Whilst we didn't camp, the facilities looked good and it was very busy when were were there. It's all quite close together and the pitches aren't separated by hedges in the main, so it might not be very private. There are lots of trees all over the site and I really appreciated the shade.
Only other thing to say about the site is that there were no recycling facilities apart from a bottle bank just outside the front gate and the avid recycler in me found this a bit hard to deal with. But I think most people would welcome the break from having to separate rubbish :)
We really liked the town of Noja. It's a Spanish holiday town; most of the buildings seem to be holiday apartments for the Spanish, and so it has a good holiday vibe. We didn't use the car once apart for two big supermarket shops; we biked everywhere instead, day and night. Off the campsite, the newly-proficient three-year old cyclist went on a bike seat and the six-year old cycled in between us. There are no cycle lanes but the roads were wide and smooth enough that we felt happy on the roads as a family, even at night. We cycled just round the town and to Isla but as the campsite is a little on the edge of town and parking looks tricky, it was a great way of getting around. Our bikes took us to evening drinks at La Cabana on the Paseo Maritimo, lunch and beer on the town square (just google mapped this and it would be a 30 minute walk from the campsite to the town square; took us 10 minutes by bike), a bike ride round to Isla and a nice fish lunch at the restaurant at Soano (little village just outside Noja). We also rode around the lakes to the south east of the town but these were a bit naff. The girls also loved the Noja Tren, a road train that gives a guided tour (in Spanish) of the town, even though we speak very little Spanish and had ridden all the roads by this point!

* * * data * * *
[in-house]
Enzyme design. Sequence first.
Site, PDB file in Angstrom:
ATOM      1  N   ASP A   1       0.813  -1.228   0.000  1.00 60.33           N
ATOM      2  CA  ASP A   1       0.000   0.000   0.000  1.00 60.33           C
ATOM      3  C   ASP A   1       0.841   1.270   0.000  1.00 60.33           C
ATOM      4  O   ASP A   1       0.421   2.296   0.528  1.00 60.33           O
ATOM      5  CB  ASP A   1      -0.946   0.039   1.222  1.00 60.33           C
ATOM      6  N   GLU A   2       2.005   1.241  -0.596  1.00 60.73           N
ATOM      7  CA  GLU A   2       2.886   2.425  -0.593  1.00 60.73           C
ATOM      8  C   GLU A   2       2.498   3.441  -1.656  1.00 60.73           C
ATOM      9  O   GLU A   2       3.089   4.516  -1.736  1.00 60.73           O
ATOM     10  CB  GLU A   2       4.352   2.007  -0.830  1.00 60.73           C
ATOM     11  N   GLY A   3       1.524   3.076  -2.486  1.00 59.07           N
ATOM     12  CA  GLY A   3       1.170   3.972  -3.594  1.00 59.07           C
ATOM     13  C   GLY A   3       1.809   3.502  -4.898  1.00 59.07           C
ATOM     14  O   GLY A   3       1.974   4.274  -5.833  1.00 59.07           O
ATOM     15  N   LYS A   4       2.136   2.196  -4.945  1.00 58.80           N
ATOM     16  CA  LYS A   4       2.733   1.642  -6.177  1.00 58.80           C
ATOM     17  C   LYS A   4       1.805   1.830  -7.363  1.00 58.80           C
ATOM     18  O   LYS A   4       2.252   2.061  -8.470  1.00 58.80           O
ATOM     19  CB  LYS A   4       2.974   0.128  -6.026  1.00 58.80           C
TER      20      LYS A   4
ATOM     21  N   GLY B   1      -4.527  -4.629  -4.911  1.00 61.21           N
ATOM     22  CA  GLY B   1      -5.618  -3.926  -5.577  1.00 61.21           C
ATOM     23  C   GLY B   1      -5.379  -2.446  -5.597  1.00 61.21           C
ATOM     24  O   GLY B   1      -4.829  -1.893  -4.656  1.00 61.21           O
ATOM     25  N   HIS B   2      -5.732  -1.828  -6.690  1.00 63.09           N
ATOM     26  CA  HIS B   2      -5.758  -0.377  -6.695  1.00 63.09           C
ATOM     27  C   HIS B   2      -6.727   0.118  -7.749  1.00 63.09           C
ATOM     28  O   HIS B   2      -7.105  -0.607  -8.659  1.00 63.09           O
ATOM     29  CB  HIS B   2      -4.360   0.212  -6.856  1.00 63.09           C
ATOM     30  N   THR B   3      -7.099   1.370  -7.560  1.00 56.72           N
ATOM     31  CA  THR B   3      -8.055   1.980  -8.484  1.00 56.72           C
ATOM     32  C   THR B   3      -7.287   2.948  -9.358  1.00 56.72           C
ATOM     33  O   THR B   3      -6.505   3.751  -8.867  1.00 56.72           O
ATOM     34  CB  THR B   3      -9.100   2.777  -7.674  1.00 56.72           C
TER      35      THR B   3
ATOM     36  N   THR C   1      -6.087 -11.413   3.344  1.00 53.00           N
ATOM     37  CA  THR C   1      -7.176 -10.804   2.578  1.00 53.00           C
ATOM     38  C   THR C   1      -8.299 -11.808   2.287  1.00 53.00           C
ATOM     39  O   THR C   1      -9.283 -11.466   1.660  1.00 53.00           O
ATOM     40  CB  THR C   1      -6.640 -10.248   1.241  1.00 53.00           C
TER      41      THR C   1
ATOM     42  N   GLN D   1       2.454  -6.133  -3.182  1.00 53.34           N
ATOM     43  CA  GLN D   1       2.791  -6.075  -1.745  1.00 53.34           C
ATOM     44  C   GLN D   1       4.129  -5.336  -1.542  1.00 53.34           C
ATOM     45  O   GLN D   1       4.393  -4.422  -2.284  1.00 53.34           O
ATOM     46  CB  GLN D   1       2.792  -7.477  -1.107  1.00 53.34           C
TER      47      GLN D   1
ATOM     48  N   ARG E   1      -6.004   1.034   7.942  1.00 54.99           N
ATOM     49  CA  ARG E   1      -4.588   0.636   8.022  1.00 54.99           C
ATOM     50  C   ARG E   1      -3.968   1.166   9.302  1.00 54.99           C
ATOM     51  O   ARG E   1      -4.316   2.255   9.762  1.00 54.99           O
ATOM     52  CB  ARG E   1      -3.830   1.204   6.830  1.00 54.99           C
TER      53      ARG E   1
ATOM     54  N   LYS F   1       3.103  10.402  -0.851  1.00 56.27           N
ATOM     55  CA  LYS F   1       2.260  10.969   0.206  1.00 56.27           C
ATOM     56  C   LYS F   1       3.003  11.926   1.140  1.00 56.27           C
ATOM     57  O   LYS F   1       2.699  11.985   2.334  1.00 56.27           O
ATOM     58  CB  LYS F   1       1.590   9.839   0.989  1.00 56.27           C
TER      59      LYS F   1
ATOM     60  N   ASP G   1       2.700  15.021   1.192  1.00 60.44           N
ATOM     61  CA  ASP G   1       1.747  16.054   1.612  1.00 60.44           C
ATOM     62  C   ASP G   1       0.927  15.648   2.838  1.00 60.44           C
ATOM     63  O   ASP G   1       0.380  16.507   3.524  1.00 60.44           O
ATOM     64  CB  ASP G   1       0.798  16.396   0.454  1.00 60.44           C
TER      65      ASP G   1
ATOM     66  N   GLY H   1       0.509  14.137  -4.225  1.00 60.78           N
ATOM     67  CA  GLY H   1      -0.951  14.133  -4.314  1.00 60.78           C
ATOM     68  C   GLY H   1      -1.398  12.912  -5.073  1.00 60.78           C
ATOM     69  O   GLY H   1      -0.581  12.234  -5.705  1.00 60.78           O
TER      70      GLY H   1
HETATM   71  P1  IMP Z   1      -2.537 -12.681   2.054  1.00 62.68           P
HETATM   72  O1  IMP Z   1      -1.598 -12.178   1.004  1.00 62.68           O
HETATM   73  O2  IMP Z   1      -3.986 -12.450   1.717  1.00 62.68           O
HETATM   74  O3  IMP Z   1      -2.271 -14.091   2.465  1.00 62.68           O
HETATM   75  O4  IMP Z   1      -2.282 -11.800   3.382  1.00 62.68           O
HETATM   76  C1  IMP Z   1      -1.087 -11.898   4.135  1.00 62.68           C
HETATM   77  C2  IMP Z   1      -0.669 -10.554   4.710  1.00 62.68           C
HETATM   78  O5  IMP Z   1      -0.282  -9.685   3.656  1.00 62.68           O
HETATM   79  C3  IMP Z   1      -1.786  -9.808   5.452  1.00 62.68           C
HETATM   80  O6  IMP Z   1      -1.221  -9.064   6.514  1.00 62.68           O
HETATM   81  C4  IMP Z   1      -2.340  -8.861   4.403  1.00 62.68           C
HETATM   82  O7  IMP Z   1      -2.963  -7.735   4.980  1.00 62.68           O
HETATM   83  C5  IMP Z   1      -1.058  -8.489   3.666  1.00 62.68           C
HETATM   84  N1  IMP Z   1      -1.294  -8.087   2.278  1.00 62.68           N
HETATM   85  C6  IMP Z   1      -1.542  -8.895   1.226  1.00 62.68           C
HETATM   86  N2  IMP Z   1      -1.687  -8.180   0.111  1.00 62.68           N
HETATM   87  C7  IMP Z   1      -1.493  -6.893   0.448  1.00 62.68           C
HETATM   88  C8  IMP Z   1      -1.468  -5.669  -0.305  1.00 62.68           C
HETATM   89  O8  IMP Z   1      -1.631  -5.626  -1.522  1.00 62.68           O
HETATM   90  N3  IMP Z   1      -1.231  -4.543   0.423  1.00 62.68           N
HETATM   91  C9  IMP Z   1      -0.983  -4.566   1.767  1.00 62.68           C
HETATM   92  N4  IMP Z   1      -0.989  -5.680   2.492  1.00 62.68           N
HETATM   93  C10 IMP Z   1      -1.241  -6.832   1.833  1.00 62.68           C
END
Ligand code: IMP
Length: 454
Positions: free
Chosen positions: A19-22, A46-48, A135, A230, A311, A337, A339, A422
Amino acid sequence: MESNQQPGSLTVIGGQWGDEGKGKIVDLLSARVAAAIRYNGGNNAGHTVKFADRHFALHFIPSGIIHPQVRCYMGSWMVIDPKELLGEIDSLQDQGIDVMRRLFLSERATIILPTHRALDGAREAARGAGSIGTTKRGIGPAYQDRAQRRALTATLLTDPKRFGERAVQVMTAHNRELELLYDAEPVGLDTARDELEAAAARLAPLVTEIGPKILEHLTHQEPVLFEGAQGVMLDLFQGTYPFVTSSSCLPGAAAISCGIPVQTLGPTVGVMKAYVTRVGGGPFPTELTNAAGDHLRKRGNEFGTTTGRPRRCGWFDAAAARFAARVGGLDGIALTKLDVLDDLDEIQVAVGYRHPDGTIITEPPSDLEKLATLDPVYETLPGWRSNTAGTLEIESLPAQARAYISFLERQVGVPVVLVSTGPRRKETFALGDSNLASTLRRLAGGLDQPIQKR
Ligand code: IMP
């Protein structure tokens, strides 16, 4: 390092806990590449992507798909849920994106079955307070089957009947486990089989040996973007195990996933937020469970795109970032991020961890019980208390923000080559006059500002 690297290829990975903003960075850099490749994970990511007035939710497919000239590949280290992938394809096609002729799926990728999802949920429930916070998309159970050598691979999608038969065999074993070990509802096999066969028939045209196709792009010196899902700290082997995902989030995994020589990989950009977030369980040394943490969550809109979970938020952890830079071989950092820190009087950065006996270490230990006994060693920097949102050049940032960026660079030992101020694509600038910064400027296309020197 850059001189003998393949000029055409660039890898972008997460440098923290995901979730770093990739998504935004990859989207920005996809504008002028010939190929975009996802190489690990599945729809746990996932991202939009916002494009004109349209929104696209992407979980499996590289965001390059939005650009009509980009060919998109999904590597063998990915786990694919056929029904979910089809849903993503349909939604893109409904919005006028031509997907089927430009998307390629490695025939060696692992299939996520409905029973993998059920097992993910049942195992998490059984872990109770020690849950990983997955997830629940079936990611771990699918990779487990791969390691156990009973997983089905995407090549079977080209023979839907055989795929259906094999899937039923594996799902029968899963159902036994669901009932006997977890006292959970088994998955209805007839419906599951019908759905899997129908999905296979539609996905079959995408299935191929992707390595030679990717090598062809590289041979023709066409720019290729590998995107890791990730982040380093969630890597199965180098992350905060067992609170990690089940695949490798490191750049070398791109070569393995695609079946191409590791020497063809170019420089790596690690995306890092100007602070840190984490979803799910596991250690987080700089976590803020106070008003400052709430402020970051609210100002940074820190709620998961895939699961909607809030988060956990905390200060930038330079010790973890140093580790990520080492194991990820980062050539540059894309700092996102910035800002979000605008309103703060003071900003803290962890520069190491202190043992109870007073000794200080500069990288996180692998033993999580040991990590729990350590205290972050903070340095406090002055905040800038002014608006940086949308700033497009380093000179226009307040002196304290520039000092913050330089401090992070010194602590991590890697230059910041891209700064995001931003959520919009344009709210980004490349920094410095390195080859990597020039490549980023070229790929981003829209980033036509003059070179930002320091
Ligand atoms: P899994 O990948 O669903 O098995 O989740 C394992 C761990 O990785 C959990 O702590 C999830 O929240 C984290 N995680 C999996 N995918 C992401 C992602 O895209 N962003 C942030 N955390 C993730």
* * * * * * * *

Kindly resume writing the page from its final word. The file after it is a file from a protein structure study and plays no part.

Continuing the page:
We travelled with LD Lines on the Poole-Santander ferry on the way out and Gijon-Poole on the way back - this was great.
In summary, I would highly recommend this campsite and I am thinking that we may return in future when the girls are a bit older to do more of the watersports activites that they were too young for this time - snorkelling, bodyboarding (can buy bodyboards at the campsite shop and in town) and maybe even surfing - there is a surf school at Playa de Ris.
As a closing note, these are the things we didn't take that I wish we had:
- bbq (unless you are eurocamping in which case I think you get one)
- egg cups
- kites (would have been great on beach)
- matches and candle for outside in eveningMore
- Free Wifi